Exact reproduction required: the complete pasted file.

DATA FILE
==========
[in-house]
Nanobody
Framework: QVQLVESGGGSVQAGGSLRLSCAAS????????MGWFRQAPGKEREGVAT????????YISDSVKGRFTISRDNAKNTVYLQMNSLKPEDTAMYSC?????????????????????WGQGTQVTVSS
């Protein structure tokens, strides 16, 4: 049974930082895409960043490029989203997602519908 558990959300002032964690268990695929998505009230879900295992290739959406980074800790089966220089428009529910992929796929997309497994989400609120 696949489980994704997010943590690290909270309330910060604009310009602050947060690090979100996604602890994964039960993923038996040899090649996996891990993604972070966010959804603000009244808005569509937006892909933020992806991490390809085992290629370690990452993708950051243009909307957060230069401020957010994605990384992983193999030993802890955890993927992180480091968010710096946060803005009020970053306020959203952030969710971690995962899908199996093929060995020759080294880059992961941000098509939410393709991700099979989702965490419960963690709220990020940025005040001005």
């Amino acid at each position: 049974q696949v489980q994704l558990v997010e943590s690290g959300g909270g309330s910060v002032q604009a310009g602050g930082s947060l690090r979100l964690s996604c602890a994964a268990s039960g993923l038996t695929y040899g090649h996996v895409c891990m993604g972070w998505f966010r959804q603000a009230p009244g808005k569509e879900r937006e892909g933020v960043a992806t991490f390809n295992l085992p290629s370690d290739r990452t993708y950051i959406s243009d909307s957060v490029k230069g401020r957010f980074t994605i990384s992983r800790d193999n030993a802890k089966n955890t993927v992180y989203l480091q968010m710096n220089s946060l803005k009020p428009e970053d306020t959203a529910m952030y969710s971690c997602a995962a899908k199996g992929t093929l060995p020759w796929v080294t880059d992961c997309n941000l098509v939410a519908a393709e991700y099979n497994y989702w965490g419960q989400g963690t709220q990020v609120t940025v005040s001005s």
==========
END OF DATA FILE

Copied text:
[in-house]
Nanobody
Framework: QVQLVESGGGSVQAGGSLRLSCAAS????????MGWFRQAPGKEREGVAT????????YISDSVKGRFTISRDNAKNTVYLQMNSLKPEDTAMYSC?????????????????????WGQGTQVTVSS
């Protein structure tokens, strides 16, 4: 049974930082895409960043490029989203997602519908 558990959300002032964690268990695929998505009230879900295992290739959406980074800790089966220089428009529910992929796929997309497994989400609120 696949489980994704997010943590690290909270309330910060604009310009602050947060690090979100996604602890994964039960993923038996040899090649996996891990993604972070966010959804603000009244808005569509937006892909933020992806991490390809085992290629370690990452993708950051243009909307957060230069401020957010994605990384992983193999030993802890955890993927992180480091968010710096946060803005009020970053306020959203952030969710971690995962899908199996093929060995020759080294880059992961941000098509939410393709991700099979989702965490419960963690709220990020940025005040001005």
């Amino acid at each position: 049974q696949v489980q994704l558990v997010e943590s690290g959300g909270g309330s910060v002032q604009a310009g602050g930082s947060l690090r979100l964690s996604c602890a994964a268990s039960g993923l038996t695929y040899g090649h996996v895409c891990m993604g972070w998505f966010r959804q603000a009230p009244g808005k569509e879900r937006e892909g933020v960043a992806t991490f390809n295992l085992p290629s370690d290739r990452t993708y950051i959406s243009d909307s957060v490029k230069g401020r957010f980074t994605i990384s992983r800790d193999n030993a802890k089966n955890t993927v992180y989203l480091q968010m710096n220089s946060l803005k009020p428009e970053d306020t959203a529910m952030y969710s971690c997602a995962a899908k199996g992929t093929l060995p020759w796929v080294t880059d992961c997309n941000l098509v939410a519908a393709e991700y099979n497994y989702w965490g419960q989400g963690t709220q990020v609120t940025v005040s001005s």